The grading of Magic cards sometimes leads to conflict among buyers and sellers, mainly because grading is not an exact science. One person might consider a card to be still Near Mint while the next one thinks it is in Excellent condition. To some extent these conflicts are inevitable, but to help minimize the chance for misunderstandings we have put together a guide to help you grade your cards correctly.
Historically the grading system that Magic uses today comes from the grading of baseball cards. The Inquest Gamer magazine adopted the Baseball cards grading system for Magic cards as early as 1995. Early on the accepted grades were Mint, Near Mint, Excellent, Very Good, Good, Fair, and Poor. Over time Magic's grading system has evolved to reflect the needs of Magic players. Over time especially at the lower end the large range of grades was replaced with a smaller number of grades. In the most extreme cases the six grades from Excellent to Fair were condensed into the grades Slightly Played and Played.
Generally the use of Played, Slightly Played, and Heavily Played is uncommon in Europe, but has become the standard way of describing cards in the USA. In Europe the grading system is still largely a remainder of the PSA grading system for baseball cards, however the names have changed a bit. Fair and Very Good are grades that are used just very rarely these days. The Cardmarket grading system tries to image the way cards are usually graded in Europe, and uses Mint, Near Mint, Excellent, Good, Light Played, Played, and Poor.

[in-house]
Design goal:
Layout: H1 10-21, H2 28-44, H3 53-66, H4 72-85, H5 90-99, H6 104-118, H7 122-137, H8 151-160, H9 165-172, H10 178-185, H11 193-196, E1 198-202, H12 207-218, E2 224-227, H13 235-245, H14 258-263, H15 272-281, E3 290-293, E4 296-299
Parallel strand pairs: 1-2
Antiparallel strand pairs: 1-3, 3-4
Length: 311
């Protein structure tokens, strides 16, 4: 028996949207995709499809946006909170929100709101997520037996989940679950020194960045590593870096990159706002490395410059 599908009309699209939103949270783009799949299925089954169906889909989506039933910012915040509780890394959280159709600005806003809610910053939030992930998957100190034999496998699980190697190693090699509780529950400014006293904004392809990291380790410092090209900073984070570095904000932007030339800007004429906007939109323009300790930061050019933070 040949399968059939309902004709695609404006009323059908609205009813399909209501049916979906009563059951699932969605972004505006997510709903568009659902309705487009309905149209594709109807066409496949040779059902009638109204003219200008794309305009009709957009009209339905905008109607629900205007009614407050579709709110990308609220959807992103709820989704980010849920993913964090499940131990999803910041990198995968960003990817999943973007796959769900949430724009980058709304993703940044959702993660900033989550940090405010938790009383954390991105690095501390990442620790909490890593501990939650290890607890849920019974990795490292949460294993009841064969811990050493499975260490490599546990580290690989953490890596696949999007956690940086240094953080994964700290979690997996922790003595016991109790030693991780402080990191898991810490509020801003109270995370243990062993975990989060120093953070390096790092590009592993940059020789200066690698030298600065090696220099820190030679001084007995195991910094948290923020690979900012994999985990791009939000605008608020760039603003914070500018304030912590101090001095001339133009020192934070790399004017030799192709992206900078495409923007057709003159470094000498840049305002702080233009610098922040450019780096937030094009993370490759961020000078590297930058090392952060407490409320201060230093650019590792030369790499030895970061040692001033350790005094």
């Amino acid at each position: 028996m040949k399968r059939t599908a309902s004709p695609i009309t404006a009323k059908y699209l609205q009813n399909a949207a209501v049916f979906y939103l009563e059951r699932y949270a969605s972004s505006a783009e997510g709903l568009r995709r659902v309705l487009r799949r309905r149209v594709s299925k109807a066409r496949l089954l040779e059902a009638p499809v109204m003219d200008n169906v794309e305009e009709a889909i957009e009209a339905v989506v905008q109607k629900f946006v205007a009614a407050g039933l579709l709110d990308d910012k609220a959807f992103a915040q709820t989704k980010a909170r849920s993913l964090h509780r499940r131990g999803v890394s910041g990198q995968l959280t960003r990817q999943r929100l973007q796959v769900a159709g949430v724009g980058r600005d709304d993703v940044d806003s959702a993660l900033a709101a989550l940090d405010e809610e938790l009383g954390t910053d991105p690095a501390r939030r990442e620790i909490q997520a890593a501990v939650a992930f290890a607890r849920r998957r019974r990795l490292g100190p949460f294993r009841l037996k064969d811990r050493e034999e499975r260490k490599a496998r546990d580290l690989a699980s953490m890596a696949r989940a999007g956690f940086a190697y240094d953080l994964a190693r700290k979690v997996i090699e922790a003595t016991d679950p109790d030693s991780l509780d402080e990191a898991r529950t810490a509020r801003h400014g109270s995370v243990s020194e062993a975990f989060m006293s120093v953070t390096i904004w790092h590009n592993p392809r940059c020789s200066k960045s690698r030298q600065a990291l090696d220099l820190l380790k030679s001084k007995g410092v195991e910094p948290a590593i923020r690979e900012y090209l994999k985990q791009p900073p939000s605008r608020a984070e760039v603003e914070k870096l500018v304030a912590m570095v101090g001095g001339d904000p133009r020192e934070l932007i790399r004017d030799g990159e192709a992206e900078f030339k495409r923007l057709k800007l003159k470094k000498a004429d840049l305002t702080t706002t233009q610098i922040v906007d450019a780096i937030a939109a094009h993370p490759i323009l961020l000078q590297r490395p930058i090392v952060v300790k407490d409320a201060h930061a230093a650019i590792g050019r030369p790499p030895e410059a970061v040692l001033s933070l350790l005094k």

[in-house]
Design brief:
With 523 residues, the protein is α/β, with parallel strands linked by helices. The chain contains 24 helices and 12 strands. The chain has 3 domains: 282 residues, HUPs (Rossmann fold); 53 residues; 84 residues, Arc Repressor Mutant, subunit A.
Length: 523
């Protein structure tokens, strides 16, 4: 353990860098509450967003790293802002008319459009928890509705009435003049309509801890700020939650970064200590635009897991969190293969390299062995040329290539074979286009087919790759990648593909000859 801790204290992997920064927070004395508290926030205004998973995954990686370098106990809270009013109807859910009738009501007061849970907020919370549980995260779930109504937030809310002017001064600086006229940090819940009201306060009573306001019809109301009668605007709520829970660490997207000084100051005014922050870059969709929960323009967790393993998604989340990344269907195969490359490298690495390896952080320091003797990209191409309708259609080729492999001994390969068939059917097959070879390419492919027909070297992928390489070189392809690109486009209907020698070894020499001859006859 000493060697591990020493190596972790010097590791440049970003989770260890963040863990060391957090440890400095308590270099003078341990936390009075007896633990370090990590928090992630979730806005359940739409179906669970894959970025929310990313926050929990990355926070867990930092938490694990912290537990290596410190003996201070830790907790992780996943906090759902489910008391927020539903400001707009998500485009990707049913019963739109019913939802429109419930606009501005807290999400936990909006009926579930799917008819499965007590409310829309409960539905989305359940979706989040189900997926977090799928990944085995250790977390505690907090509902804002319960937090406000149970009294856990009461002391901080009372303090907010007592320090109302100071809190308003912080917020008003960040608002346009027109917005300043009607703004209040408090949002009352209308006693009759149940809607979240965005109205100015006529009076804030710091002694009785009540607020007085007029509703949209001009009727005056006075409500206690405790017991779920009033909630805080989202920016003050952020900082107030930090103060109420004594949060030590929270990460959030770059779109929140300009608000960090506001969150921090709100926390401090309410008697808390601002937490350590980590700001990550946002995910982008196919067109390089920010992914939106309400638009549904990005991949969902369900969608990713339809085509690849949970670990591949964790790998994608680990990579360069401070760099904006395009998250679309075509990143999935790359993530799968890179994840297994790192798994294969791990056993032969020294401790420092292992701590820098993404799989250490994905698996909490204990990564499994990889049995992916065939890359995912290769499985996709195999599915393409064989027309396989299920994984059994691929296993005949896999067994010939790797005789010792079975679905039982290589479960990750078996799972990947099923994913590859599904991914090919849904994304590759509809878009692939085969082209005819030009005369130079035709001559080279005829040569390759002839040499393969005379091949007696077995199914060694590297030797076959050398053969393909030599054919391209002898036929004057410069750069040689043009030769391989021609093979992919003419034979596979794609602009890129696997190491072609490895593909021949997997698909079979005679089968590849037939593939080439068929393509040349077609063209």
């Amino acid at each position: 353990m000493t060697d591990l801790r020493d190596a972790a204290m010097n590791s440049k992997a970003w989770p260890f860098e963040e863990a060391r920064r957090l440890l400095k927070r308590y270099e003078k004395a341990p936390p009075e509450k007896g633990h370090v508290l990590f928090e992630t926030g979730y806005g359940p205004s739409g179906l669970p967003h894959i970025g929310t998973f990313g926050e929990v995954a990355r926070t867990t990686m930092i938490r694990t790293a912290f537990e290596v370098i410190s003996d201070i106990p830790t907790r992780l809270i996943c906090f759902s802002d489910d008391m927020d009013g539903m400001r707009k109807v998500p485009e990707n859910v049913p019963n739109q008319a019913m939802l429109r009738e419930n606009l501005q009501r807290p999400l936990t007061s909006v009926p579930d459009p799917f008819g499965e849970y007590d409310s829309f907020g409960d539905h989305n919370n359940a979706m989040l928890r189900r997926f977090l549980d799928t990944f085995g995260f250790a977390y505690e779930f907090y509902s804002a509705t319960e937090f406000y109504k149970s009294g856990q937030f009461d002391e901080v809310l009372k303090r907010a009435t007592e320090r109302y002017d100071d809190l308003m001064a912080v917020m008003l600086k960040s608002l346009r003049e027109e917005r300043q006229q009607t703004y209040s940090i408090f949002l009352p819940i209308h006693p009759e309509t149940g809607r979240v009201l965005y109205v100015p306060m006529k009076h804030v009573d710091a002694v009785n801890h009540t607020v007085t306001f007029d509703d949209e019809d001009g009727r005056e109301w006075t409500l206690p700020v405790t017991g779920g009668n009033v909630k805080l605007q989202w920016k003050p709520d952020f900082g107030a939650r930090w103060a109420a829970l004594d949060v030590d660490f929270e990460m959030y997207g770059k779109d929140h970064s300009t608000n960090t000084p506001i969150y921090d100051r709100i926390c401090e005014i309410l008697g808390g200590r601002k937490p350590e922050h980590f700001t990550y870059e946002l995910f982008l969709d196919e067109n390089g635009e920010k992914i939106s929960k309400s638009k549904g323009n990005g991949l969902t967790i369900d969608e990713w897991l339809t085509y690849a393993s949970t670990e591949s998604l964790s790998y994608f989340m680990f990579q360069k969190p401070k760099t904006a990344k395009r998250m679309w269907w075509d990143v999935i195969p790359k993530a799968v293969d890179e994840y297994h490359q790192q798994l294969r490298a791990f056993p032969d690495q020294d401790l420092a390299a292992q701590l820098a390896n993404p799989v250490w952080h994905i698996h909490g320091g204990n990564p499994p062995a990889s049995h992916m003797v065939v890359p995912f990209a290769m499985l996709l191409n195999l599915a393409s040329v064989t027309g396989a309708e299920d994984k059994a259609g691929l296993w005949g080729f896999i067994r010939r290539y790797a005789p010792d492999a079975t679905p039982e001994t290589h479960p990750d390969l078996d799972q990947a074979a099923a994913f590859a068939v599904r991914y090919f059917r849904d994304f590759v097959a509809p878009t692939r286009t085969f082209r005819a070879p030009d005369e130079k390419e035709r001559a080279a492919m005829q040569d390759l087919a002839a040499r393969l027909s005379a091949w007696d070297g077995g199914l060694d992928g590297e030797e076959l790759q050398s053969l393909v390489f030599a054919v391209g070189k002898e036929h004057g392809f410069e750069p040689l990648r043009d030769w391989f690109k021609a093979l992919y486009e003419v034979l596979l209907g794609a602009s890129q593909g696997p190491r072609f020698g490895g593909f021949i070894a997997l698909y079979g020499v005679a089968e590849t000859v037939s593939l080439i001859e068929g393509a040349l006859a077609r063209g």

As "a picture is worth a thousand words", we provide also some sample pictures that can help you identify the right condition for your card.
A mint card is in perfect condition; no excuses. This means, that the front is in perfect condition, there are no scratches on the surface, and the surface is perfectly clean. For the back it means, that the card is indistinguishable from cards of a newly openend booster. If a card has a signature or a Grand Prix stamp it can never be graded Mint, even if the card stock is otherwise in Mint condition.
In most cases it doesn't make sense to grade a card as Mint. For in print cards the value of a Mint card is just about the same as that of a Near Mint card, but the grading standards are way higher. On the other hand really old cards (1993-94) may command a high premium if they are in actual Mint condition. Thus 'Mint' is mainly a grading for cards where there is a high collectors' interest. For cards that are sold mostly for playing purpose a Near Mint grading will usually do.
A Near Mint card looks like it has never been played without sleeves. Small allowances can be made, but the card generally shows no wear.
The border of NM card can have small white spots, but they must be very few and very small. When the card is inspected under bright daylight, the surface must generally appear clean. It can have a few minor spots, but scratches can never be allowed for NM cards.
Generally a Near Mint card is in a condition that would make it considered unmarked if played in an unsleeved deck. (Not recommended!)
As the Mint grade is often not used for cards of newer expansions, Near Mint usually means Near Mint or better (equivalent to the American NM/M grade).